Democrats have long accused Republicans of waging a “war on women” when it comes to federal policy, pointing to issues as varied as abortion rights, pay equity, paid family leave and efforts to combat domestic violence. They see the Republican attacks on Ford — including a tweet from Trump on Friday — as an extension of that broader theme.

“We are already motivated, Democratic women, and I can tell you this is not going to tamp down the enthusiasm,” Rep. Cheri BustosCheryl (Cheri) Lea BustosDemocratic Women's Caucus members split endorsements for House campaign chief Rep. Rick Allen tests positive for COVID-19 Maloney vows to overhaul a House Democratic campaign machine 'stuck in the past' MORE (D-Ill.), who heads the Democrats’ messaging arm, said Friday by phone. “If Republicans don’t want to get to the truth on this, that is not going to help them politically.”

Bustos, who represents a rural Illinois district that Trump carried in 2016, said the issue is front-and-center on the minds of voters in her region, whose responses have been “all over the board.” There is, however, a common thread: Voters of all stripes, she said, want the truth surrounding the allegations to emerge before Kavanaugh is confirmed for a lifetime post. The Republicans on the Senate Judiciary Committee — all of them male — risk a backlash if they ignore those pleas, Bustos warned.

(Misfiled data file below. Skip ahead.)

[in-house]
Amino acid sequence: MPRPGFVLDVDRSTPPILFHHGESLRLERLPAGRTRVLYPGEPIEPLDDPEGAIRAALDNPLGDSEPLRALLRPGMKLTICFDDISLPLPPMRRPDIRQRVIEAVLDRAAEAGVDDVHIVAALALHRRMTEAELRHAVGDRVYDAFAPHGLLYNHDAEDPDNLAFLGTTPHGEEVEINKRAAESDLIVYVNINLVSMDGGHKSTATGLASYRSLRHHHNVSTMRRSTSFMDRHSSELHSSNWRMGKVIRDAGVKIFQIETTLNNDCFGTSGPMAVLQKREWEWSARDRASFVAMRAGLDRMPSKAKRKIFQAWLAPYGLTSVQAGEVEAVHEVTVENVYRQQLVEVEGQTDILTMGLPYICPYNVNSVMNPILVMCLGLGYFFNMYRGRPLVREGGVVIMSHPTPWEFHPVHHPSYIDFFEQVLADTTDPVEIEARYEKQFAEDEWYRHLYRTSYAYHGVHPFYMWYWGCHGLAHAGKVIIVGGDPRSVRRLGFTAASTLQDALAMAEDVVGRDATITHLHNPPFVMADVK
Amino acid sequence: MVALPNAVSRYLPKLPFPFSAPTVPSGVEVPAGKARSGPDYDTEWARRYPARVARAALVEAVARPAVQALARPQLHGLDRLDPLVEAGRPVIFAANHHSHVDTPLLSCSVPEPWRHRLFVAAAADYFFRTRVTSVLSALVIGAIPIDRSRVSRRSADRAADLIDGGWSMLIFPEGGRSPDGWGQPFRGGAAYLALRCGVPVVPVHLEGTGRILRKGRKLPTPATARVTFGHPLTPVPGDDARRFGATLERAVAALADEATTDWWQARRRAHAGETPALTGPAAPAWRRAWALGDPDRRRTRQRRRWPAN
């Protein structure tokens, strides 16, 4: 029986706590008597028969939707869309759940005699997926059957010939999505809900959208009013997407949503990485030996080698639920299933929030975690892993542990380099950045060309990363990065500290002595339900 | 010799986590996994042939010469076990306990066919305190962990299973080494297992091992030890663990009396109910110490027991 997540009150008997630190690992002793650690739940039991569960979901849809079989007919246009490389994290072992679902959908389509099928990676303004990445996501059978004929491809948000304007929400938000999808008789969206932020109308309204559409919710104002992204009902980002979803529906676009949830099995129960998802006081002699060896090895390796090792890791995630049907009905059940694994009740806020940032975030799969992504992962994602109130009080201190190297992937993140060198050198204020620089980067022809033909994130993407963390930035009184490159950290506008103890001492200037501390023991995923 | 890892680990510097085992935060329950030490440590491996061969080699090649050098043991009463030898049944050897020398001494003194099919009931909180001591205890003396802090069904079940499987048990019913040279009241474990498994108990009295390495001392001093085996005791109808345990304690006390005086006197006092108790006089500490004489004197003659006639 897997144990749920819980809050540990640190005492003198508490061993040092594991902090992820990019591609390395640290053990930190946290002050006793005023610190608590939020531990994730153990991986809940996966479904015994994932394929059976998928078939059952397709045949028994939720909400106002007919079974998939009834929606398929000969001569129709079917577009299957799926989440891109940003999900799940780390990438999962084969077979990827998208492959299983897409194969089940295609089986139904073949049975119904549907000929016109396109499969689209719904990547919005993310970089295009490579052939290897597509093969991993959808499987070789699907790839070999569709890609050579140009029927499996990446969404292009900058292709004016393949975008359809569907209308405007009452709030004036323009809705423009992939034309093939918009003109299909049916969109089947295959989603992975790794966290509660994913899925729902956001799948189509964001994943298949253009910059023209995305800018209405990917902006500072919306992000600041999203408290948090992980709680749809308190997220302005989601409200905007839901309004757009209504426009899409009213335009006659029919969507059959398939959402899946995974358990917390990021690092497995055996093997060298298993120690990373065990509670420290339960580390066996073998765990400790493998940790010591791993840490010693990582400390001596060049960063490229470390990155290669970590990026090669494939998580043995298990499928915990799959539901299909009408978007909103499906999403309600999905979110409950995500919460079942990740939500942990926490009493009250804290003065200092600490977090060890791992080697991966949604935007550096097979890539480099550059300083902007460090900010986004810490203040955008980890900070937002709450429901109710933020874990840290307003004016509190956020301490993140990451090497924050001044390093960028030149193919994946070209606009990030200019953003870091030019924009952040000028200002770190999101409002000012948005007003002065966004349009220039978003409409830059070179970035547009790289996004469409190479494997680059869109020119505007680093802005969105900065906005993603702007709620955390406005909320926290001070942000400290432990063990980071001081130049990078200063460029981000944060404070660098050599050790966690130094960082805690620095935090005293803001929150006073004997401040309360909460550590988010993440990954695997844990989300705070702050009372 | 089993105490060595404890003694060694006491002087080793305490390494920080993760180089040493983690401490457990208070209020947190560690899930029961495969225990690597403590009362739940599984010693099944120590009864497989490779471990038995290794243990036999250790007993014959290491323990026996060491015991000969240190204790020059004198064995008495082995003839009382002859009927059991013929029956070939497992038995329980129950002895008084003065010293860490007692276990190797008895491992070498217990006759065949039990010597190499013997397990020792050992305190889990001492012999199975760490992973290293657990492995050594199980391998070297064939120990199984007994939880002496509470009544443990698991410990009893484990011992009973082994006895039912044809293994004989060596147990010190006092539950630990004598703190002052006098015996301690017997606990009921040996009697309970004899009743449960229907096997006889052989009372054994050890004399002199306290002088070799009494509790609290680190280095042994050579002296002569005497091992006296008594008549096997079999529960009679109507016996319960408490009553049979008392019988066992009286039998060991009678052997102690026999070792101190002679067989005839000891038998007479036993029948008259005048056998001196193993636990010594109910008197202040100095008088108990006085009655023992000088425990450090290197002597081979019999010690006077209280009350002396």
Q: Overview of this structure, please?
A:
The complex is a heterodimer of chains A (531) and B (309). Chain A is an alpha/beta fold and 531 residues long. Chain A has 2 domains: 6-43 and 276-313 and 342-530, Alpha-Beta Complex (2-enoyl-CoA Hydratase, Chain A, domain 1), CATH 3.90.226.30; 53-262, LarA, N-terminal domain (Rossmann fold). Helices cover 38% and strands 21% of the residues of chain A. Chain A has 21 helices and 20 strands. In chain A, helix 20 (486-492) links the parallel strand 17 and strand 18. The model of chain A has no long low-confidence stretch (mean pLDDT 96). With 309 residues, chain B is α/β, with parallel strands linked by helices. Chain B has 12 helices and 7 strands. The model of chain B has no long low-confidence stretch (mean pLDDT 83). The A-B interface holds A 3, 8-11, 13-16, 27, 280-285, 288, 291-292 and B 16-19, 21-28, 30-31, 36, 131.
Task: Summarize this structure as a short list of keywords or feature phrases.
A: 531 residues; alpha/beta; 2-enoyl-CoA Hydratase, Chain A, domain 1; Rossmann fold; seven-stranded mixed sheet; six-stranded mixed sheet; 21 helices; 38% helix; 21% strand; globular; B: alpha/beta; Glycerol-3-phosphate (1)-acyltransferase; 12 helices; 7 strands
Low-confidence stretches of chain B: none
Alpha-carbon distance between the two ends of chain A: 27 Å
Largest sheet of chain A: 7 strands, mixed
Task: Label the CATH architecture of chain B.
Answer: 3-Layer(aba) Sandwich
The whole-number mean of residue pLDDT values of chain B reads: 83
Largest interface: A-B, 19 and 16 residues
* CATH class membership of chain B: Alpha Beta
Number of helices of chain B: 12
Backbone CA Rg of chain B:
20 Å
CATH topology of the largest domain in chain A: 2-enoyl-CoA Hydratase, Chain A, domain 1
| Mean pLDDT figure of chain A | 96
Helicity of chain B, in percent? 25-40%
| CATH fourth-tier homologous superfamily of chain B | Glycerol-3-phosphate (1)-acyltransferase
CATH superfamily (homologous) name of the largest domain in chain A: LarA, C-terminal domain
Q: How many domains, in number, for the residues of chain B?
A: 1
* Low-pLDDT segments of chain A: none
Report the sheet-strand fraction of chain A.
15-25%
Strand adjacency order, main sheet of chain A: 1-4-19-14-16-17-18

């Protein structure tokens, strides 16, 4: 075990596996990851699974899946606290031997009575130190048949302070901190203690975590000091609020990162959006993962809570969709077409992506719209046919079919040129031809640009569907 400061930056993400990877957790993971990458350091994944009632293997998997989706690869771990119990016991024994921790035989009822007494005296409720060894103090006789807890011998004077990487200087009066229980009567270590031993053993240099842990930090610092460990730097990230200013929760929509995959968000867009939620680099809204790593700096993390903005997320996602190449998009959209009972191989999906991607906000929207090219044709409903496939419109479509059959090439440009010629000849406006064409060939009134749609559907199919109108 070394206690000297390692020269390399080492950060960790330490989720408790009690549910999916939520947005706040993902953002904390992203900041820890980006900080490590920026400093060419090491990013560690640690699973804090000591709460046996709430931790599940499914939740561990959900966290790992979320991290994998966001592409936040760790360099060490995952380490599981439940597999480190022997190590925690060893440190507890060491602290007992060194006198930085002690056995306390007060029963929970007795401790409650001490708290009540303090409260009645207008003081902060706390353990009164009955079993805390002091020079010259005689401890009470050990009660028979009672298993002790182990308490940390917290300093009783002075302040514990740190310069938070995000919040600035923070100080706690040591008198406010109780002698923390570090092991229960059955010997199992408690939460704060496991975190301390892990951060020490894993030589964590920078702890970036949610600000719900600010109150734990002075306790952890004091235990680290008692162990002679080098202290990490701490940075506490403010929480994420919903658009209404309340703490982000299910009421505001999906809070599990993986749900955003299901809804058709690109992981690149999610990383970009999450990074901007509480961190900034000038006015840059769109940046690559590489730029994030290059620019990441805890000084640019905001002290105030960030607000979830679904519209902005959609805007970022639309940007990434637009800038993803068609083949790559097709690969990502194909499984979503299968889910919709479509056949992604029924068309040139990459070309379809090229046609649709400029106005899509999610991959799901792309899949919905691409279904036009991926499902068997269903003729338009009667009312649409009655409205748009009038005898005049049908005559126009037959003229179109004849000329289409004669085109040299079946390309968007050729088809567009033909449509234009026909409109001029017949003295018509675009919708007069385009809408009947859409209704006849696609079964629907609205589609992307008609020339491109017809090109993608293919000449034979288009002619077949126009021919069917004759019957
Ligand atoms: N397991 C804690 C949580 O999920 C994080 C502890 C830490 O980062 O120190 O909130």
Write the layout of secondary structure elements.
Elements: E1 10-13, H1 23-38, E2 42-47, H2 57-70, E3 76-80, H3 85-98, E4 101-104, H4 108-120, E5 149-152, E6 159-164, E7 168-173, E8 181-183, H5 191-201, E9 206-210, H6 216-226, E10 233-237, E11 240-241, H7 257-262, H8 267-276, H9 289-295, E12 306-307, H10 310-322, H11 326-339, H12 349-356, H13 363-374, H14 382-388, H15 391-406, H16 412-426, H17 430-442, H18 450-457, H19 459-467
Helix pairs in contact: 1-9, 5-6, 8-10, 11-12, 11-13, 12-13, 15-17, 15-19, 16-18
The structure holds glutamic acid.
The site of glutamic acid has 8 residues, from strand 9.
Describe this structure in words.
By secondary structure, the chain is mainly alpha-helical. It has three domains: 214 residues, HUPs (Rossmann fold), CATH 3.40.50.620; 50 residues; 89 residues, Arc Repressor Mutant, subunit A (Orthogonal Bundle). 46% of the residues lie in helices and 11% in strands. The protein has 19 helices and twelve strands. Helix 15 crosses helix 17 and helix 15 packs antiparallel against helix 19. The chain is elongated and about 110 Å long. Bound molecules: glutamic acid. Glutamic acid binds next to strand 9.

“I think she’s credible; I think she’s believable; and I don’t think [Sens.] Charles GrassleyCharles (Chuck) Ernest GrassleyCongress ends its year under shadow of COVID-19 Senate GOP open to confirming Yellen to be Biden's Treasury secretary Biden budget pick sparks battle with GOP Senate MORE [R-Iowa] or Orrin HatchOrrin Grant HatchMellman: What happened after Ginsburg? Bottom line Bottom line MORE [R-Utah] or anybody else on the Senate Judiciary understands how the girls feel in that situation,” Bustos said. “I don’t think Charles Grassley has ever had a man jump on top of him, cover his mouth and try to rip off his clothes.”